Rev. Ken Hutcherson made an appearance at Microsoft's annual shareholder's meeting on Tuesday. As usual, Hutcherson was there representing the interests of Thomas Strohbar, founder of numerous anti-birth control, anti-choice, and anti-gay financial organizations.
Strohbar's road to financial security has nothing to do with typical investment strategies. Strohbar invests in stocks and mutual funds that he believes reflects God's portfolio.
From Strobhar Financial:
Thomas Strobhar also provides stock market screening information to a number of large professional organizations. This information helps Catholic dioceses and religious orders comply with the United States Catholic Conference of Bishops' Investment Guidelines. This information has been helpful in avoiding companies involved in immoral business pursuits especially pornography and abortion. Evangelical groups have been especially appreciative where this applies to gambling and corporations that support gay marriage.
Strohbar also invests in companies that he wants to influence with his shareholder vote, such as Microsoft. He and Ken Hutcherson have been after Microsoft for several years.
In 2007, Ken Hutcherson told Microsoft, "I am probably one of the worst nightmares this corporation can have." Despite years of complaints, Hutcherson's so-called nightmare is more like a forgettable dream.
Microsoft donated $100,000 to the Approve Referendum 71 campaign. That donation inspired Hutcherson's 2009 rant at the shareholder's meeting. He said:
You have given millions of dollars to the homosexual community, millions. We're asking that you should put those out that people may see what you're giving to a group that is discriminatory, that uses pushing, that uses hatred speech, and as of this year with referendum 71, you also have to agree what took place and you have to ask yourselves did some of the money you gave help them take over 130,000 members of Washington State to court -- to court -- many times, in order to be able to prove what names were on the list of referendum 71, on those petitions. For one reason, and one reason only, and that is to intimidate, that is to harass and to scare anyone that disagrees with them.
Hutcherson took liberties with the truth and history. He claimed the Approve 71 campaign took his campaign to court several times. This is laughable.
Washington Families Standing Together (the Approve 71 Campaign's PAC) did go to court to request referendum 71 not be placed on the ballot because of evidence of fraud by the Reject 71 campaign. The King County Superior Court recognized our findings, but did not have the jurisdiction to prevent Referendum 71 from going to the ballot.
We appealed to Thurston County Superior Court. The judge acknowledged the evidence of fraud , but still allowed Referendum 71 to go to the ballot.
The Reject 71 campaign lead by Stephen Pigeon proceeded to go to court several more times throughout the campaign. The case Hutcherson referenced was about petition signatures. The Rejects wanted to keep their signatures anonymous. The State of Washington argued in favor of open government laws which have been on the books since the 1970s that require public petitions. The State further argued that the initiative and referendum processes allow citizens to serve as legislators so there is a public interest in transparency. The case will likely be heard by the United State Supreme Court.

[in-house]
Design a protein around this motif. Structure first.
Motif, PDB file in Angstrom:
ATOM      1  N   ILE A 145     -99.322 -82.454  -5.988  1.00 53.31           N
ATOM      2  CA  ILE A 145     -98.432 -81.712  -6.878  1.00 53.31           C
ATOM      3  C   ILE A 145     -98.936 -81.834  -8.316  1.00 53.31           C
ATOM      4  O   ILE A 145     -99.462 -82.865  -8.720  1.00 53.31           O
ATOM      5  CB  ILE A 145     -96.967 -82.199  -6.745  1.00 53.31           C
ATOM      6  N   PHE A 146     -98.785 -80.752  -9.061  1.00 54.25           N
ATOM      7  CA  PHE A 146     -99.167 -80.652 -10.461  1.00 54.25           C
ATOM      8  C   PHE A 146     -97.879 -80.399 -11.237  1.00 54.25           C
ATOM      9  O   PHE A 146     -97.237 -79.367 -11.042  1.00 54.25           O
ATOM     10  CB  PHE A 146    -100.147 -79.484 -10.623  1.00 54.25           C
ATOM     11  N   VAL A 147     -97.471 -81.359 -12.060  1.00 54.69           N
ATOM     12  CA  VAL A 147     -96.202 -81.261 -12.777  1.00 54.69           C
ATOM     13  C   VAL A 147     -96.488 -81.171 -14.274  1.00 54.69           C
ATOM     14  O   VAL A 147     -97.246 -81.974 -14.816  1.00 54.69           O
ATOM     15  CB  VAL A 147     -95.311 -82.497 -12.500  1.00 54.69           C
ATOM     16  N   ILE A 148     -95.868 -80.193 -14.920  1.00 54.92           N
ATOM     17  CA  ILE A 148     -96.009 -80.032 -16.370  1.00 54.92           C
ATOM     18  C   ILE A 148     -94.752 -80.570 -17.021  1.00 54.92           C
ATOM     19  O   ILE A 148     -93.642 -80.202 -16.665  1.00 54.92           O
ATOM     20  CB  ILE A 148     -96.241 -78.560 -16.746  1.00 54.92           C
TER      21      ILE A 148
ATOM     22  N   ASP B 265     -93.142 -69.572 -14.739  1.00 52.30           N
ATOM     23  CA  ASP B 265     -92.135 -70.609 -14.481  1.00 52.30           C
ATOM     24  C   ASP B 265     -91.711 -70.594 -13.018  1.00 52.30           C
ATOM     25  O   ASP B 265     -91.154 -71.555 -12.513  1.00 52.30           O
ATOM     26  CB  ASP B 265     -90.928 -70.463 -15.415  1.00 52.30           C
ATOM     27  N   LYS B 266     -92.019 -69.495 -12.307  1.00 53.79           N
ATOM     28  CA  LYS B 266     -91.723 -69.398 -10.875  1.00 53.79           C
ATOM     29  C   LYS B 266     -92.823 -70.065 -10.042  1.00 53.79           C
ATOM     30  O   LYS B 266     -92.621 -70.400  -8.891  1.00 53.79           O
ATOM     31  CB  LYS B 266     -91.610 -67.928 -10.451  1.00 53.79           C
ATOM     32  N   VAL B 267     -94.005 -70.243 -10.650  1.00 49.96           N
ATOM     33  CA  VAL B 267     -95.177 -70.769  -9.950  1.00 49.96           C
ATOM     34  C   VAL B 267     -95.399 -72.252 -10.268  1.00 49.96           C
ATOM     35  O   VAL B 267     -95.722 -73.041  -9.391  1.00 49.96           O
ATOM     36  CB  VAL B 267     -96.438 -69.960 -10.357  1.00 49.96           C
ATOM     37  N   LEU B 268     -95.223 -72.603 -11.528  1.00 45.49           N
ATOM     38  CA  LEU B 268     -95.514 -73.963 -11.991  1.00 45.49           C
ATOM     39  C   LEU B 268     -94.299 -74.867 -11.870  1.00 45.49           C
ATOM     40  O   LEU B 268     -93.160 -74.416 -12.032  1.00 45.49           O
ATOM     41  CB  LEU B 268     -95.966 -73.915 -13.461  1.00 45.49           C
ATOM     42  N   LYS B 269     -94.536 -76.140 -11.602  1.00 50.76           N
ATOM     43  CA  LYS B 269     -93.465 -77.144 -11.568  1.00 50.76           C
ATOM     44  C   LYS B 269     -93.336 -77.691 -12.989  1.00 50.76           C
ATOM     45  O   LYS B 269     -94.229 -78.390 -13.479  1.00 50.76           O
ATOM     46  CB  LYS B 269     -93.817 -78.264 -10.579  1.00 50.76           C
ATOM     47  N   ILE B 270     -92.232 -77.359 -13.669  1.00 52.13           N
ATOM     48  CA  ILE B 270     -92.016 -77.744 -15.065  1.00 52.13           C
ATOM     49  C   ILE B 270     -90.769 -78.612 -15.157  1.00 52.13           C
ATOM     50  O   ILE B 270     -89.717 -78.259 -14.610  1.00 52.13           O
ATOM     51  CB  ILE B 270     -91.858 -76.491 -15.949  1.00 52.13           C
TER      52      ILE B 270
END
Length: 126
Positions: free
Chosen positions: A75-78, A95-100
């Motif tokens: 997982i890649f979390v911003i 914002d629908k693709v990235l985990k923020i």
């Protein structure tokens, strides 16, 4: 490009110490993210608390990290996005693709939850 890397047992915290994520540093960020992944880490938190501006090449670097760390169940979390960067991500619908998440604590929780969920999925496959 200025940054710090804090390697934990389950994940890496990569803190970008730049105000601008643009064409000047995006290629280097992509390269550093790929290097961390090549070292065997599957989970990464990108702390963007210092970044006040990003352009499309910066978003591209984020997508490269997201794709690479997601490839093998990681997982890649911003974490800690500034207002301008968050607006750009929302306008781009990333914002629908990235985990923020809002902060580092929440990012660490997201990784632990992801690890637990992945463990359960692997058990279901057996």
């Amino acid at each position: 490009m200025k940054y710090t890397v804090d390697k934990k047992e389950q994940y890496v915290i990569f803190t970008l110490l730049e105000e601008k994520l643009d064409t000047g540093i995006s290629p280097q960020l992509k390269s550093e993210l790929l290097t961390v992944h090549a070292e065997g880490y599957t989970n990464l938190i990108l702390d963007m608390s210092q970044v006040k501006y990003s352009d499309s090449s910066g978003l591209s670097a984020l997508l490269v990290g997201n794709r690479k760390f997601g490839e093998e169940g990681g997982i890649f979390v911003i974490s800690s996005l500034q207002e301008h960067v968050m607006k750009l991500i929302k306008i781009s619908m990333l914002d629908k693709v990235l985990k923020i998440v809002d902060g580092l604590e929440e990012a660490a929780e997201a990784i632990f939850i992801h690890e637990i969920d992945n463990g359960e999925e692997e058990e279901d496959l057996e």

Another case launched by the Rejects during the campaign, concerned campaign finance laws. Again, wishing to cloak themselves in anonymity, they wanted their contributor's name to be hiden from public view. They also wanted to remove campaign finance limits during the final week of the campaign. They lost their case.
None of Microsoft's money was used in any of the court cases. The Approve 71 campaign was represented pro-bono by Washington's best attorney's. They donated donated hundred of thousands of dollars worth of legal aid to Washington Families.
Microsoft's contribution did help fund vital outreach efforts that allowed us to communicate directly with Washington voters about our families and about the importance of the protections in the domestic partnership law.
Microsoft made a wise choice to invest in their employee's legal protection. As a state that protects all families under the law, Washington will continue to attract the best and brightest talent. Future and current LGBT employees will know their employer supports them, and in return they will be fiercely loyal to their employer.
Microsoft also benefited from hundreds of news reports and positive blog entries about their contribution. The earned media value easily surpassed their $100,000 investment. The positive press was coincidentally timed with the release of Windows 7.
Microsoft was a pioneer in their support for their LGBT employees, but they are no longer alone. Google, Yahoo, and Apple also support the LGBT community and their employees. Google endorsed the Approve 71 campaign and they opposed proposition 8. All three provide domestic partnership benefits and have comprehensive nondiscrimination policies.
Supporting the LGBT community and our goal for full equality under the law is good business. I'm happy to support those companies that support my family and so are millions of other Americans.